Issues that are low complexity and low urgency are things that the customer would like but don’t have any immediate impact on the customer experience. Thin of this like a software feature request or new color of smartphone.
High Complexity/Low Urgency
Issues that are high complexity and low urgency are technical problems that require a lot of back and forth but do not block the customers ability to use the product. An example might be a bug that makes some integrations difficult to complete, or walking a customer through building an IKEA entertainment center.
Here, we’ll look at support channels in order of least issue urgency and complexity to most.
Use Self-service content to supplement interactions.
Self-service content is not suited to complex issues. Directing customers to a Knowledge Base or FAQ section on your site for any complex issue is likely to cause frustration as the customer is looking for specific help on their problem. Self-service content should be used to help clarify any issue but works best as a supplemental support channel.
While self-service content can be used to explain both complex and simple tasks, customers will need to spend time to resolve an issue on their own. It is a great tool for your team as well as customers because your agents will be able to reference documentation that supports the solution they provide, and customers can read more about your product on their own time. Knowledge Base and FAQ articles can also be used to educate customers in best practices and tactics with your product.
Use email to communicate asynchronously
The offer of email support is a baseline feature in today’s market. While this support channel is good for a number of issues, it should not be used for urgent issues that require an immediate reply. Due to the asynchronous nature of email communication, customers should only be sent to this channel when their issues don’t need to be resolved immediately.
Working through difficult issues via email can also be frustrating. The back-and-forth replies can make it difficult for agents to parse difficult issues, and customers may have to reiterate parts of their issue to help provide clarity. For problems with high issue complexity, your team should offer the customer a phone call or a chat instead.
Use live chat to solve quick problems
Live chat is an excellent support channel for urgent issues. Customers can easily contact your team while working in their accounts without having to wait for an email reply. Your agent’s ability to handle multiple interactions at the same time also helps alleviate the potential for longer wait times.
Offering live chat support also gives customers the ability to easily share documents and images. This can help reduce the time it takes to find a resolution, because agents will be able to see exactly what is going on in the customer’s account. Issues with higher complexity will sometimes be difficult to resolve via live chat, but a skilled chat agent will have no problem handling most customer questions.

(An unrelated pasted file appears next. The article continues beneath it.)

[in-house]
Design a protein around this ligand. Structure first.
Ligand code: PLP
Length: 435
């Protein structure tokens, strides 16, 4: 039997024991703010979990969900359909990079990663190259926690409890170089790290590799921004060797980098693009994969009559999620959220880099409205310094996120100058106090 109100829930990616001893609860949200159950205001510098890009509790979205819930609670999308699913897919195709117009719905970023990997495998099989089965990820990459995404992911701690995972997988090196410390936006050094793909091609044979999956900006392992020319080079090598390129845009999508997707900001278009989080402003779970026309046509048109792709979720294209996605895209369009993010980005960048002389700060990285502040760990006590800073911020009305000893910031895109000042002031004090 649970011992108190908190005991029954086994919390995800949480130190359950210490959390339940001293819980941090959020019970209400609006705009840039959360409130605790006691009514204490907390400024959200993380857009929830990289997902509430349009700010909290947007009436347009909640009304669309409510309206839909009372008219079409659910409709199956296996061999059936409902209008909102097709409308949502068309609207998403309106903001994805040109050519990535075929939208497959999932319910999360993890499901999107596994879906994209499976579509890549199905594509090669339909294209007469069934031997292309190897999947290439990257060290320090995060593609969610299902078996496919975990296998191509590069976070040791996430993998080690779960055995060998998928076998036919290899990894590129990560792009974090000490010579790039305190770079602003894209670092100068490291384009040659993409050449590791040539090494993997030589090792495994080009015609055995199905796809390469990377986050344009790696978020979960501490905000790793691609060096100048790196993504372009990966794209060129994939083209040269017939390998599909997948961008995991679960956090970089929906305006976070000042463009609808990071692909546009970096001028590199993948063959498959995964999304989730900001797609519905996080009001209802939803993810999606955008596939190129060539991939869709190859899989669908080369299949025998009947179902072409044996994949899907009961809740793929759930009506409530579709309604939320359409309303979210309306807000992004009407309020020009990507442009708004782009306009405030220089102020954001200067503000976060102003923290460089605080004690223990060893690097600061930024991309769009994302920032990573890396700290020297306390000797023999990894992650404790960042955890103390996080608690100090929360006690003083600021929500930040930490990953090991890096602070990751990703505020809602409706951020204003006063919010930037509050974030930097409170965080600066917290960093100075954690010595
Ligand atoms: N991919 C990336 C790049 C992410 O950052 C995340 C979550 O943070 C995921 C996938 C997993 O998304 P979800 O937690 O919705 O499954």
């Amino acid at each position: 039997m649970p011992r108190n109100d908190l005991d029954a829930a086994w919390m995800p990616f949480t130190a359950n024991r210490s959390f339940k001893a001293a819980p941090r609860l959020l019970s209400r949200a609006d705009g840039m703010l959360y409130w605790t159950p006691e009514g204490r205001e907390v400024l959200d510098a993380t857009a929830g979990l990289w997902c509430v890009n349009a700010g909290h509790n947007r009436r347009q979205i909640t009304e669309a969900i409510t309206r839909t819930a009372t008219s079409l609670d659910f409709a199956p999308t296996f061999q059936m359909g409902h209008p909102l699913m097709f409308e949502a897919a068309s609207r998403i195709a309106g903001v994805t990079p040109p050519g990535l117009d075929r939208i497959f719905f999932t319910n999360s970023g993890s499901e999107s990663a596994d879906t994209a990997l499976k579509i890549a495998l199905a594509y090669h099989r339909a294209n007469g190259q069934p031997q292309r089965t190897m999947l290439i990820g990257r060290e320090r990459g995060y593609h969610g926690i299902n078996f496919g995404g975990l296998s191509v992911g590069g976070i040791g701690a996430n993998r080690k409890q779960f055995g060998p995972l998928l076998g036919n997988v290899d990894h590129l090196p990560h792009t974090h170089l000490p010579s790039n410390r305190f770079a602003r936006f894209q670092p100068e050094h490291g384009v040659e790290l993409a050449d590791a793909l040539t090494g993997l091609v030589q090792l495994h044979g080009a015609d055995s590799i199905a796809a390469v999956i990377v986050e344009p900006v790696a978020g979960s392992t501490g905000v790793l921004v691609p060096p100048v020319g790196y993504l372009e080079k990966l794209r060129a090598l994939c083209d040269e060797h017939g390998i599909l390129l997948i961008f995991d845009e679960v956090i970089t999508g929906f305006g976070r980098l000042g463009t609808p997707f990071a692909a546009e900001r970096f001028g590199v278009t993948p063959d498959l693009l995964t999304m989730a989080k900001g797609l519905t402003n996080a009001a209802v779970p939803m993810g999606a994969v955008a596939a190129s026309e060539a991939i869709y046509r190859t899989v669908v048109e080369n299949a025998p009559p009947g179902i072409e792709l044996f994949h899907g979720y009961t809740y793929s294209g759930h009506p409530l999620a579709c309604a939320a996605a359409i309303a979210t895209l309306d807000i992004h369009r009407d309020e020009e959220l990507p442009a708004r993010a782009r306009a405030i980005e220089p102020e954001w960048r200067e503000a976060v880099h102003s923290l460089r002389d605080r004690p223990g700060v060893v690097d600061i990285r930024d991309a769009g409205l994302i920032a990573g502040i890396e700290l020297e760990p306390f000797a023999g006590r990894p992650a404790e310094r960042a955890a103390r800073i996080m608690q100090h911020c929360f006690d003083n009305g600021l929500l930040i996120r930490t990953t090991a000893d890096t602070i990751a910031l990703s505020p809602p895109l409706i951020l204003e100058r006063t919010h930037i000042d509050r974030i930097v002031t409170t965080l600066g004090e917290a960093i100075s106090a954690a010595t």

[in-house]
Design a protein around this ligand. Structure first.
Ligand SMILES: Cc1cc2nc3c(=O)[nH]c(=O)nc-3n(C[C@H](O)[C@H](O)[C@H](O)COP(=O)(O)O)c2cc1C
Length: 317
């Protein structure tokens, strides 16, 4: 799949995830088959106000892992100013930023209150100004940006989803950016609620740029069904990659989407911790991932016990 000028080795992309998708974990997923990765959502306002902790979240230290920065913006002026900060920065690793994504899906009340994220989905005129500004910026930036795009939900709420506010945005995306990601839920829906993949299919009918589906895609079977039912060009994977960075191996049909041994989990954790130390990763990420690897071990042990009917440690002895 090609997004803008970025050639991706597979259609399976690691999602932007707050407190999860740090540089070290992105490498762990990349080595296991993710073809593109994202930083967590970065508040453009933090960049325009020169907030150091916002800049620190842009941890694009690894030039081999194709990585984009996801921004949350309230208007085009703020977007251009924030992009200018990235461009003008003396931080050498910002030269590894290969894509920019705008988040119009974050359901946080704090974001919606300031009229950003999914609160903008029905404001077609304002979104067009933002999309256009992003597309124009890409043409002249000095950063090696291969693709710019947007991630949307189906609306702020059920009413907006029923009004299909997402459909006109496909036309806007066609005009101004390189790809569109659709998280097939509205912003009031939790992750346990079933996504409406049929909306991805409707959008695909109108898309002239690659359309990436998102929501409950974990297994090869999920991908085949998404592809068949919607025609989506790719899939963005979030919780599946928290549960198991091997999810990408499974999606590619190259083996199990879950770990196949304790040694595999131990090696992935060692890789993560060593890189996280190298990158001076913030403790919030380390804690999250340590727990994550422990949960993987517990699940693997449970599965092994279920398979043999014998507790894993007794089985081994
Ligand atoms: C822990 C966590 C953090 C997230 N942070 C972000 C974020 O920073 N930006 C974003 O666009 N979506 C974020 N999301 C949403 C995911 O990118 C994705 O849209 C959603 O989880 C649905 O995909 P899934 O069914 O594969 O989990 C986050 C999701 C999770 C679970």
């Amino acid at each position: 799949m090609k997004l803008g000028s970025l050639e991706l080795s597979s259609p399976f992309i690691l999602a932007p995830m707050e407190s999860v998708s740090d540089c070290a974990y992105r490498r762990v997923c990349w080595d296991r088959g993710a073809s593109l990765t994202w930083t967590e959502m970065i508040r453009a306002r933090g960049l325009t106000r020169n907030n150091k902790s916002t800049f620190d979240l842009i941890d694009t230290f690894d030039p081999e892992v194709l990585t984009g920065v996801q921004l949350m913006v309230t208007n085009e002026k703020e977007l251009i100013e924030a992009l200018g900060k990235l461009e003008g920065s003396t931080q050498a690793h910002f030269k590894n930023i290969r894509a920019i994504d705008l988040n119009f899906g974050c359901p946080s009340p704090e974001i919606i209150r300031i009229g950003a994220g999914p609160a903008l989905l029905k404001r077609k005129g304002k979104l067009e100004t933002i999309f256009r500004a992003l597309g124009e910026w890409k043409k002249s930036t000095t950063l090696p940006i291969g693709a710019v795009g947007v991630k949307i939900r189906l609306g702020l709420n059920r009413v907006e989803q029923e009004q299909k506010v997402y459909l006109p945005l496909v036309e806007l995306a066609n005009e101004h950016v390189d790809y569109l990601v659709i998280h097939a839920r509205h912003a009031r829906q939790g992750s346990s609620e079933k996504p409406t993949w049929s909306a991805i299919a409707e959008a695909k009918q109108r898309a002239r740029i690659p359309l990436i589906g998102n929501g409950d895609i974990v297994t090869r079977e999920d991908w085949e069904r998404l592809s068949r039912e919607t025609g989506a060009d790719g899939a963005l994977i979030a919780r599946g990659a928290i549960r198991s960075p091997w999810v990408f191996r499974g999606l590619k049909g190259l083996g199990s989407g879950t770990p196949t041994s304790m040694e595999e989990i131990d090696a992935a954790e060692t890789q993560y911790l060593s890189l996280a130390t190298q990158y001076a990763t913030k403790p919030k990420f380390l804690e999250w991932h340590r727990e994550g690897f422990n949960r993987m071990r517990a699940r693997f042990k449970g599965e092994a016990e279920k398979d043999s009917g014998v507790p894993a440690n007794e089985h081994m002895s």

Use the phone for complicated conversations
When issue complexity and urgency are at their highest, your team should work to have the conversation over the phone. This kind of personalized interaction between customer and agent cannot be replicated in any other support channel, which is why 46% of customers prefer to talk to about complicated issues over the phone.
Because this support channel lends itself to issues that are more complex and urgent, the agents who staff this queue will need to be trained to mitigate potential frustration better than other channels. That said, it is also a great place to make personal connections with customers. There is no support channel that is better suited to building strong relationships with your customers.
Use social media to acknowledge issues
When customers use social media as a support channel, they want a prompt reply. Forty percent of customers who reach out on social media expect that reply within an hour. These posts are also public, so any unanswered posts will reflect negatively on the company.
The public nature of social media also makes this support channel ineffective for any sort of complex issue. Agents cannot share private information, so taking the conversation “offline” is more appropriate. Social media interactions should be thought of as a gateway to a better support channel; it’s easy to offer the customer a quick call or chat to talk through issues they’re having.
Don’t let support channels get the in way of customer experience
Providing a streamlined customer experience is the best way to build stronger relationships with customers. When customers reach out to your team they’re looking for the quickest solution to a problem. Your team needs to provide that to them.
Contact center managers need to determine which channels will be available and understand how customers will use them. When making those decisions it’s important to consider how the urgency and complexity of any issue impacts the overall customer experience.